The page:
Yes I know about that article. That is only first part published. In the second part will be also photo of one of our Phillirea. I have read article translated with Google translator scratch but I from what I have understand that is very good article about this species. It seems that only Antoni Payeras and we have larger amount of this trees ... so far, I hope that it will change in future.

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Re: Phillyrea literati

Post  Mário Eusébio on Mon Aug 02, 2010 11:21 am

Hi Marija!

Thanks, I'll be waiting for the rest of the article!

Here are some photos of the mine latifolia in the first Year after collection. (Sorry to use Your post Embarassed )







I follow Your blog and it is outstanding the quality of the material that You have been collecting, congratulations!

Regards,

Mário Eusébio

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Re: Phillyrea literati

Post  Marija Hajdic on Mon Aug 02, 2010 1:43 pm

Mário Eusébio wrote:Hi Marija!
Here are some photos of the mine latifolia in the first Year after collection. (Sorry to use Your post Embarassed )
Tree looks healthy. Don't worry about internodes in this phase!

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Re: Phillyrea literati

Post  fabrice B on Mon Aug 02, 2010 2:38 pm

Hi Walter, don't missinterpret what I said. the tree is very nice like that. Just the top from the right is very strong and could take the advantage from the center one. This is not a bad idea, it's the intern fight in the tree for light. I will post a photo of my taught tonight :-)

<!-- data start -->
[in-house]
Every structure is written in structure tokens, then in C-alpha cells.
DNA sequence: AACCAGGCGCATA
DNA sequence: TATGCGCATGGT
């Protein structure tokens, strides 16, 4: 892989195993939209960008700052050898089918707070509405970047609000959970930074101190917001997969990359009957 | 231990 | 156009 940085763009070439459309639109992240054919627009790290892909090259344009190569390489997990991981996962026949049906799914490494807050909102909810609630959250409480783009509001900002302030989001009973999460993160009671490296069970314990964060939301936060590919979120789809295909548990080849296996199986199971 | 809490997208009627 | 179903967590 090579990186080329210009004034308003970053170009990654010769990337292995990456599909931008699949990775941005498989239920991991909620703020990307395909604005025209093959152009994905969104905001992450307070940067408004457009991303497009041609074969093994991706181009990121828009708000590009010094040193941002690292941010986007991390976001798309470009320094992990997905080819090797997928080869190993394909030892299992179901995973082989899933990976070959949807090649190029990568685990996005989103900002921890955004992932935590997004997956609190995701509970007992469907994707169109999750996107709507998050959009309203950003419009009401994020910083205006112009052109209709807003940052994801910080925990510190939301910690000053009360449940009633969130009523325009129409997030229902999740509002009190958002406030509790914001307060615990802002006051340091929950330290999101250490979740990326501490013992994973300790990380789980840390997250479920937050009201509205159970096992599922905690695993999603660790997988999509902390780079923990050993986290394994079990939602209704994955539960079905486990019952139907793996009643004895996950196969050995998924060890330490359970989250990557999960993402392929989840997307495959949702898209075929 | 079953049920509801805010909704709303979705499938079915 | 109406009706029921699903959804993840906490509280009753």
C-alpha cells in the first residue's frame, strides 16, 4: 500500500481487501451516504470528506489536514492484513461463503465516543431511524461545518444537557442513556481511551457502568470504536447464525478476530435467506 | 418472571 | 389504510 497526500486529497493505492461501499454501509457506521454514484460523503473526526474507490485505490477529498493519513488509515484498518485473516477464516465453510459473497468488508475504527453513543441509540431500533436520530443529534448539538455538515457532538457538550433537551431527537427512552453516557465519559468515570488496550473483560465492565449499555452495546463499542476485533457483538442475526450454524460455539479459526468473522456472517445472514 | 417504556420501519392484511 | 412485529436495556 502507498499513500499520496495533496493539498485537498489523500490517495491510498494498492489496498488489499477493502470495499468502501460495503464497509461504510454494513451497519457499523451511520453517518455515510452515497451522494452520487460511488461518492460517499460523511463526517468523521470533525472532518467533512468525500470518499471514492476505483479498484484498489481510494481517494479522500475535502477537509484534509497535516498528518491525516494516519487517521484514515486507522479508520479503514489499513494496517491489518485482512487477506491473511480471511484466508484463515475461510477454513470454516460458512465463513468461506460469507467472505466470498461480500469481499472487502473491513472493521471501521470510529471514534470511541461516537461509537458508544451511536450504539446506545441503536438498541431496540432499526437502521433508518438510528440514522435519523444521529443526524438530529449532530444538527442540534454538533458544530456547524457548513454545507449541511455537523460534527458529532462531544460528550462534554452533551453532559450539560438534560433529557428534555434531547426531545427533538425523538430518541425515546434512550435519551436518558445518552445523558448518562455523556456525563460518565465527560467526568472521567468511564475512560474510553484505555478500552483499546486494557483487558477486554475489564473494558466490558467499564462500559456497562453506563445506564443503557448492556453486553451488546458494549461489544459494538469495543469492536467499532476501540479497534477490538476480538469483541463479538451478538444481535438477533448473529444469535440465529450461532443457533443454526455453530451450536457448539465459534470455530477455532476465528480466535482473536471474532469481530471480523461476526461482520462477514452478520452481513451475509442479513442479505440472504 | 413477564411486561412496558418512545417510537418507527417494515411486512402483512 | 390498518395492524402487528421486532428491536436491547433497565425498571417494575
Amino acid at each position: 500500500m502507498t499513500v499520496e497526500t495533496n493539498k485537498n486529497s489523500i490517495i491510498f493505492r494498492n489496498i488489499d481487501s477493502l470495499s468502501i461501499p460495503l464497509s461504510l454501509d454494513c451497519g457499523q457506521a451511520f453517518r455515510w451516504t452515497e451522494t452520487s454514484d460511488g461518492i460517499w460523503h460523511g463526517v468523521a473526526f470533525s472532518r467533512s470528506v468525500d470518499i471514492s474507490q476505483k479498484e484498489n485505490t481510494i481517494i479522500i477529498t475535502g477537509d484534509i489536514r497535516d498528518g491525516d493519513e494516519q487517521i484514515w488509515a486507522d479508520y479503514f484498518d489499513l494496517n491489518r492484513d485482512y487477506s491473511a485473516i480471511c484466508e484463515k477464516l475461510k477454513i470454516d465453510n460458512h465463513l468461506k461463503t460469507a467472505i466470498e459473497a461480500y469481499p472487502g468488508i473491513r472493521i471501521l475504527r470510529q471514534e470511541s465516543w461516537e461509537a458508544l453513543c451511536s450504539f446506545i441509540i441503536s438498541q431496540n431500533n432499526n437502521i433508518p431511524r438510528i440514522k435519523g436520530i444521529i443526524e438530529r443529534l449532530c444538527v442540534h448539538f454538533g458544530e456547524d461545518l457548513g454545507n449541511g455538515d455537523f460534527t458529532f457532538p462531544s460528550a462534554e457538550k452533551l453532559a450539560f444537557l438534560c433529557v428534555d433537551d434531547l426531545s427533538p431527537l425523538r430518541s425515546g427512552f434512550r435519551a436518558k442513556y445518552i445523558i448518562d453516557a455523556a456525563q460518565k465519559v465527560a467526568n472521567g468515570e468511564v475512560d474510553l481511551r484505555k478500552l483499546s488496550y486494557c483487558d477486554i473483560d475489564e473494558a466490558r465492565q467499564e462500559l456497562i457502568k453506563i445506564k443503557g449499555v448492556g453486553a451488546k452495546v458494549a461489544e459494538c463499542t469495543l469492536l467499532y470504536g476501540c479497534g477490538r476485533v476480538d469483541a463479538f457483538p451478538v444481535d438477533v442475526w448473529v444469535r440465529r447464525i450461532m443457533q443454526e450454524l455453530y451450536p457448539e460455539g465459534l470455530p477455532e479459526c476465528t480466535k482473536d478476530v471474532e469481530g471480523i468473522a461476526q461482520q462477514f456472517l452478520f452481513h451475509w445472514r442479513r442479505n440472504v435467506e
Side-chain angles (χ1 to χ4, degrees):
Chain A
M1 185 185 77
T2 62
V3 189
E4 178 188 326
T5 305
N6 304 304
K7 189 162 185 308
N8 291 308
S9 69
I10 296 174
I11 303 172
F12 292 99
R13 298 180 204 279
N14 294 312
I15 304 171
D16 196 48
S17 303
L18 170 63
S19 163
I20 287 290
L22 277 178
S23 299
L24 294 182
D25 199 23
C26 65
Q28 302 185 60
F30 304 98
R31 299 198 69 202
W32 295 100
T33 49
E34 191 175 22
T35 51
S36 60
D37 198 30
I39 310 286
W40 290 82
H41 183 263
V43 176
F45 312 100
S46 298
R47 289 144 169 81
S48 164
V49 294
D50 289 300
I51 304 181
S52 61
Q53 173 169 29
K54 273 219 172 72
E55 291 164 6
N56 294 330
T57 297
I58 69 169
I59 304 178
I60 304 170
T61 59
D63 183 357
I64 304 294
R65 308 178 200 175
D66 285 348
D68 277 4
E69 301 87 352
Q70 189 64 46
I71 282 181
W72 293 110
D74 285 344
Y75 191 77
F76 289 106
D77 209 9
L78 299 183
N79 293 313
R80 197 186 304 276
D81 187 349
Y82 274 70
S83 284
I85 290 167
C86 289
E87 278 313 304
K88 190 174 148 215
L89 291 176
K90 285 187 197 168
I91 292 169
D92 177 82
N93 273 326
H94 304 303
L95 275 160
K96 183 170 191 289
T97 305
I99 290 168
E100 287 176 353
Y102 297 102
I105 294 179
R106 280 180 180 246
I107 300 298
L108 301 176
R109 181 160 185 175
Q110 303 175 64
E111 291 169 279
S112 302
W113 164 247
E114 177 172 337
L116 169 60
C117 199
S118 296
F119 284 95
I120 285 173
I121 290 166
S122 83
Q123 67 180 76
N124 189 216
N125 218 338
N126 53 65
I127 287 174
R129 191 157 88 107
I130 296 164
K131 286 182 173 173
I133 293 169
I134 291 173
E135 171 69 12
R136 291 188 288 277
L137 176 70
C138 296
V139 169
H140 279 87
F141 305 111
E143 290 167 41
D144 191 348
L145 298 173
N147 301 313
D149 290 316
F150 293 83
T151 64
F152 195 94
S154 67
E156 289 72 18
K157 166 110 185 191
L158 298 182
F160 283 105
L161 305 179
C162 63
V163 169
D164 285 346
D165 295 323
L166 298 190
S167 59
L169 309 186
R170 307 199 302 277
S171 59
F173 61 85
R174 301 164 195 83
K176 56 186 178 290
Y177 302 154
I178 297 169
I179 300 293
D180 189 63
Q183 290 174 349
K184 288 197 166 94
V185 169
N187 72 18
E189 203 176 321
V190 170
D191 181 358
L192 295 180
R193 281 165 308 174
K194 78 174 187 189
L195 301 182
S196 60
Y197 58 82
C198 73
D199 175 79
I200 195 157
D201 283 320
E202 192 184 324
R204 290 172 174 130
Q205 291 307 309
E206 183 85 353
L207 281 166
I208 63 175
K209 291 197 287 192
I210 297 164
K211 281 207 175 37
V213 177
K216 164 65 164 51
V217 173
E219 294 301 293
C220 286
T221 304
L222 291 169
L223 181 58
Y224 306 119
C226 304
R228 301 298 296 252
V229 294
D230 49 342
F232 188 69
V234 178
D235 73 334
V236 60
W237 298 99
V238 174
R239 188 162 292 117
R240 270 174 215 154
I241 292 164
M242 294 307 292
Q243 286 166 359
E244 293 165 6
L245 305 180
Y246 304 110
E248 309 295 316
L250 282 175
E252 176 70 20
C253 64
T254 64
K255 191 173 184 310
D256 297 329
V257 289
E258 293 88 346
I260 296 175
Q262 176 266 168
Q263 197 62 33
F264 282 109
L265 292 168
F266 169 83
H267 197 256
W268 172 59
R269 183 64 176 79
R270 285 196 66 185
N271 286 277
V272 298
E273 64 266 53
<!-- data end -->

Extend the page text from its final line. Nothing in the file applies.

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Re: Phillyrea literati

Post  Marija Hajdic on Mon Aug 02, 2010 5:53 pm

fabrice B wrote:Dear Andrija, Marija,
My critique will be for the top because actually it seems that you have 2 tops, the one from the right is very strong and it look like another top.

No 2, but actually 3 branches, and none of it is top, and all together is crown! Wink


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Re: Phillyrea literati

Post  fabrice B on Mon Aug 02, 2010 11:40 pm

ok, so here is my pic, it's logical for a bunjing




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Re: Phillyrea literati

Post  Andrija Zokic on Tue Feb 01, 2011 9:35 am

phillyrea latifolia today in new pot.


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Re: Phillyrea literati